Seizing upon irresponsible and intemperate statements by the four dissenting Supreme Court justices in Obergefell, Justices Jess H. Dickinson and Josiah D. Coleman insisted that Obergefell is an illegitimate ruling that should not be followed by the courts of Mississippi. This extreme view is fanned by dozens of academics who have lent their names to a website instigated by Professor Robert P. George of Princeton University, an obsessive homophobe, under the title “Statement Calling for Constitutional Resistance to Obergefell v. Hodges.” Using selective quotations from the four Obergefell dissents and out-of-context quotations by other historical luminaries, Prof. George and the dissenting Mississippi justices take seriously Chief Justice John Roberts’ parting shot in his dissent — that the decision has “nothing to do with the Constitution.” If that is so, wrote Justices Dickinson and Coleman, then it would violate their oaths of office to comply with that ruling. Dickinson included in his dissent the list of the signers on Prof. George’s website to support the argument that Obergefell is an “illegitimate” decision.
Even on the very conservative Mississippi Supreme Court this assertion drew only two votes. Others objecting to the majority’s handling of the case would have preferred that the court issue a full ruling on the merits discussing the Obergefell case and explaining why its federal constitutional mandate would extend to striking down Mississippi’s marriage and recognition bans. Indeed, one of the objecting judges included in his opinion the full text of what he would prefer the court to have issued as an opinion on the merits. These judges argued that it was important for the state’s high court to explain for the benefit of the lower courts and the public about the current status of Mississippi law in light of Obergefell.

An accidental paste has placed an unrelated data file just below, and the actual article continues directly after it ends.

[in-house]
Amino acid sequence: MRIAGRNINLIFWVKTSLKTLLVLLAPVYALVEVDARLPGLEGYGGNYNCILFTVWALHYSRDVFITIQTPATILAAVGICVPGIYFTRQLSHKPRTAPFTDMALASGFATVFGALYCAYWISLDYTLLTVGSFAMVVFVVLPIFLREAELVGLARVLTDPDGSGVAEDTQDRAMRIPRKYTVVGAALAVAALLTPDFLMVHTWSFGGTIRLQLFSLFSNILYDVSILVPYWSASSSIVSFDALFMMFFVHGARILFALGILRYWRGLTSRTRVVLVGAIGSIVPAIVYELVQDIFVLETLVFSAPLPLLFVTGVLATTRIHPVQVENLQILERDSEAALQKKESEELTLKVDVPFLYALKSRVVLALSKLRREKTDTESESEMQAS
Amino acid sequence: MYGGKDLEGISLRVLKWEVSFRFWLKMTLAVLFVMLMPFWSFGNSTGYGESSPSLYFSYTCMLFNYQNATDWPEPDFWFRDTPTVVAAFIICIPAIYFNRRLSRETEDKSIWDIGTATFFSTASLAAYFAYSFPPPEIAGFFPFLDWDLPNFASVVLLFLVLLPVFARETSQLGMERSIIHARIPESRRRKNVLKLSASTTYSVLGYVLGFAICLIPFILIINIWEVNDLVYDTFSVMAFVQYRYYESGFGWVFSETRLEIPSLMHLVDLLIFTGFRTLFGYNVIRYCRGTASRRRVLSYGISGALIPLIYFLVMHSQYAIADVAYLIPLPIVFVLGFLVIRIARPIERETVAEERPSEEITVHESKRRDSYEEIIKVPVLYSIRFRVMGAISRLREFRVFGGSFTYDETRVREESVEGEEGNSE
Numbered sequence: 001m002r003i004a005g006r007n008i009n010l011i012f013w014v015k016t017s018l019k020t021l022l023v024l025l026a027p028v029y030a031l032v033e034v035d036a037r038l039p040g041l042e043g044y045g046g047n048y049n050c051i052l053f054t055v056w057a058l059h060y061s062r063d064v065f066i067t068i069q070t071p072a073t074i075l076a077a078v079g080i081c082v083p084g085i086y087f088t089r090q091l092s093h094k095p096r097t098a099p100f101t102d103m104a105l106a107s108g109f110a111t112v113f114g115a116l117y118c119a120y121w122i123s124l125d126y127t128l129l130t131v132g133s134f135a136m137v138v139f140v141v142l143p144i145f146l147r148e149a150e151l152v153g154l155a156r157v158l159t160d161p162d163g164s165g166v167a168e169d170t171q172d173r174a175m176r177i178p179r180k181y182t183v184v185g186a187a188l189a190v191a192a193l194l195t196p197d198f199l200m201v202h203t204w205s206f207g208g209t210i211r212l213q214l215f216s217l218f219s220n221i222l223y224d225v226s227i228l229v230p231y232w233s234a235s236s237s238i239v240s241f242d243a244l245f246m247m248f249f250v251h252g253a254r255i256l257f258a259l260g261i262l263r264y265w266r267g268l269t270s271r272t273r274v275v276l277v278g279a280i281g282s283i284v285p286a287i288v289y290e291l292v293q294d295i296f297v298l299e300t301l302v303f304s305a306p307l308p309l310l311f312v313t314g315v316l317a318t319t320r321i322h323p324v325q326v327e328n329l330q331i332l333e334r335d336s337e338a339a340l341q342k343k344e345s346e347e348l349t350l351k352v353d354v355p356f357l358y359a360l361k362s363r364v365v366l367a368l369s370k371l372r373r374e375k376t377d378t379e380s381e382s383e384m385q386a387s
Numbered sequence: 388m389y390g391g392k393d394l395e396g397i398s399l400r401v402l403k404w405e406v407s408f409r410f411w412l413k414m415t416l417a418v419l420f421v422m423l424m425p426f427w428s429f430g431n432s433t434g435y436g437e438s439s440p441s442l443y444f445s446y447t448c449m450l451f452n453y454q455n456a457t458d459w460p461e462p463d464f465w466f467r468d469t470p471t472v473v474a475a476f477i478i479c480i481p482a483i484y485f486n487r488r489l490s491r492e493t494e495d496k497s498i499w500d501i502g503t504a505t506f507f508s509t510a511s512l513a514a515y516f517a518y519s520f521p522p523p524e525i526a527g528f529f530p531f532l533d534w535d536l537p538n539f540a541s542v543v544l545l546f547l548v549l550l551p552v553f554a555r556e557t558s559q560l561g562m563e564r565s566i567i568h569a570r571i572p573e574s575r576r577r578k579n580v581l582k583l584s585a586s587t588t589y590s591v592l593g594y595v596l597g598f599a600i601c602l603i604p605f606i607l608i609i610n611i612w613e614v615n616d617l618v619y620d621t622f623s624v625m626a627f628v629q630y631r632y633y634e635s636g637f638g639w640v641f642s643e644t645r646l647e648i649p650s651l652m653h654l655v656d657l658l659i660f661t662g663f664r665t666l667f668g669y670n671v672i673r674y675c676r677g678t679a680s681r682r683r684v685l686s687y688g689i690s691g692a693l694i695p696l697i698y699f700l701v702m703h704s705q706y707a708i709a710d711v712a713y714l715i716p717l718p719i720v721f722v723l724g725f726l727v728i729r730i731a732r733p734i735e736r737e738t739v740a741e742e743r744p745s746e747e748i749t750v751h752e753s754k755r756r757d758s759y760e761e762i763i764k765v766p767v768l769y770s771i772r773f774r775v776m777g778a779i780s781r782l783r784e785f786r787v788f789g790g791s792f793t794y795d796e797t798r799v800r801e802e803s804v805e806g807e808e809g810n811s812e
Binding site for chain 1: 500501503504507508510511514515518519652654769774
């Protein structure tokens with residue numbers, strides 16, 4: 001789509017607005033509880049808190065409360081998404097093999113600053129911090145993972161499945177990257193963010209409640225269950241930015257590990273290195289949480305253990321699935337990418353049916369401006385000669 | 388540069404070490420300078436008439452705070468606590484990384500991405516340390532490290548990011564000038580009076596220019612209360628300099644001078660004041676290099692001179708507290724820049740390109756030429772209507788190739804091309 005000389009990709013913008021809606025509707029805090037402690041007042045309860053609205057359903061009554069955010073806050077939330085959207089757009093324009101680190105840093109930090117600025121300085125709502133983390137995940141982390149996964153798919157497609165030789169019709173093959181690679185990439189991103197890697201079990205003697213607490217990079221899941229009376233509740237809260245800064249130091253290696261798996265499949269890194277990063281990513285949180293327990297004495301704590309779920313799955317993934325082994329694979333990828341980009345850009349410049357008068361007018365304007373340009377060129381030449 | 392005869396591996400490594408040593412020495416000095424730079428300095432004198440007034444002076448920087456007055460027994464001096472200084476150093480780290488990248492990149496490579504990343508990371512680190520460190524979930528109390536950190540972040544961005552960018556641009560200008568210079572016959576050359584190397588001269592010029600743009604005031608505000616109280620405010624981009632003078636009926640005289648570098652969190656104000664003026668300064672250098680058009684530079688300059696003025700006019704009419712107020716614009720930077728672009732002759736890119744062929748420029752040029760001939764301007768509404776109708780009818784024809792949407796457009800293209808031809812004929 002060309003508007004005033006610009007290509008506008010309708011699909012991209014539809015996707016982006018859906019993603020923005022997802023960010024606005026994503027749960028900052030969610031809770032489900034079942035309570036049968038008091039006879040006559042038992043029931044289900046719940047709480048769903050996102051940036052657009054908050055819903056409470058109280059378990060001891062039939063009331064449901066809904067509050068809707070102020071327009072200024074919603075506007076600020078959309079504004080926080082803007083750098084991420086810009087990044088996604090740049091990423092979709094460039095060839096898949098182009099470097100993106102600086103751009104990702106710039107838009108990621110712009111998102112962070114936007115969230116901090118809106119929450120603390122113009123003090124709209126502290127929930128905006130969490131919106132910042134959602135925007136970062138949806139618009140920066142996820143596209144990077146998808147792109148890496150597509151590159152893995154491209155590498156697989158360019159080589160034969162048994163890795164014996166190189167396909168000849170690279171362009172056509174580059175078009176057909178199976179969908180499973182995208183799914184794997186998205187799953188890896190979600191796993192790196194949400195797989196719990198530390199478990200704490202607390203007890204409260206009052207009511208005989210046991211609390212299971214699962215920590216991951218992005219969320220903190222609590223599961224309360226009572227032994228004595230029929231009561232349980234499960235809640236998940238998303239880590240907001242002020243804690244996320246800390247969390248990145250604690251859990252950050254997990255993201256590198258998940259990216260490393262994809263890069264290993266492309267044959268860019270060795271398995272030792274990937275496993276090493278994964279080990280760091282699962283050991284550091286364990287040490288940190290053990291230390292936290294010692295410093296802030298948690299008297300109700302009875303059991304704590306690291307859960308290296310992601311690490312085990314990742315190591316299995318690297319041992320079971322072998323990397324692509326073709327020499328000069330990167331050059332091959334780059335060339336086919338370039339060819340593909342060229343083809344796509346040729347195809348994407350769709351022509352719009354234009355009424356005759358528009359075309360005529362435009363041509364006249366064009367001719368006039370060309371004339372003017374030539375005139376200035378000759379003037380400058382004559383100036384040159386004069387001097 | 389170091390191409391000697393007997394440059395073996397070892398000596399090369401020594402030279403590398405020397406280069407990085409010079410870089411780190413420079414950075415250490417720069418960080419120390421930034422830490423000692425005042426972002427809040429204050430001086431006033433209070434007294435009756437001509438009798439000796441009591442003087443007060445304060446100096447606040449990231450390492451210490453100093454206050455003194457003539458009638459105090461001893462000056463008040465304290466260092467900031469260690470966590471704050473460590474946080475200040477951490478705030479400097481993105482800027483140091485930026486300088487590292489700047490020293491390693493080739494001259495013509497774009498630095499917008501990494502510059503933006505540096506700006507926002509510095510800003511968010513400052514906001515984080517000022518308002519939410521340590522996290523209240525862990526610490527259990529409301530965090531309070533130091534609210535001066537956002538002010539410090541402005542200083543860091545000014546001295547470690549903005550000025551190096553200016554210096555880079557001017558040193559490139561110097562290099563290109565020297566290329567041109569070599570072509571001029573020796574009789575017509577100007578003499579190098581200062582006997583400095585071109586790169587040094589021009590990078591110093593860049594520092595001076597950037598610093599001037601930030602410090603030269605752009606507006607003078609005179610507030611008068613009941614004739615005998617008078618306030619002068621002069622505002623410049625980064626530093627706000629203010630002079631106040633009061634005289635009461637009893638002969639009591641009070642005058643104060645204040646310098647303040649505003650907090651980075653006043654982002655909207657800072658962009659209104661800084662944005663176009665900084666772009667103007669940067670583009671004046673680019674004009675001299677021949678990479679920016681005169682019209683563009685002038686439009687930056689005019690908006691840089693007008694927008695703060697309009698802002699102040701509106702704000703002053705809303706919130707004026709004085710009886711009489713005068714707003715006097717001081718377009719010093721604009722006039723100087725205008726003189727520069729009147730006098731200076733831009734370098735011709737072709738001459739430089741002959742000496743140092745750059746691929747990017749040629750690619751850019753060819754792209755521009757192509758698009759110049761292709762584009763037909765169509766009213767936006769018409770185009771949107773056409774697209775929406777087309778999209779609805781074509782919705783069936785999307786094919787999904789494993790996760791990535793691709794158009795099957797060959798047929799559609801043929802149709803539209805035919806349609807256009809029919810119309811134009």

The lack of such affirmative guidance may be felt in the adoption litigation, where the state persists in arguing that it is not required to allow the same-sex spouse of a military service member to adopt their child who was born while the birth mother was living in Mississippi. Attorney Roberta Kaplan, who represented Edith Windsor in the successful challenge to the Defense of Marriage Act, represents Donna Phillips and Jan Smith. According to a news report about the case, Mississippi is the last state to have a statutory ban on same-sex couples adopting children, and the state is continuing to defend that ban in this case, even though it threw in the towel in the divorce case.
Phillips, the birth mother, happened to be stationed in Mississippi when she gave birth. Now, as her spouse Jan Smith explained in an interview with WJTV on November 8, “We live our lives just like everyone else. She was deployed. We struggled. It was hurtful. It was tough. With that we just want the same protection that everyone has for their children.” Said Phillips, “We want Jan’s name to be on our daughter’s birth certificate. That’s all we are looking for, so she has equal rights to take care of her and to do what’s necessary for our daughter.”
Kaplan pointed out, “It’s very hard to say gay couples have the right to marry but they don’t have the right to adopt.” But attorneys for the state insisted that the state’s ban remains constitutional, despite Obergefell, and urged the court to dismiss the case. The judge reserved judgment at the end of the hearing, with no firm deadline for ruling on the case.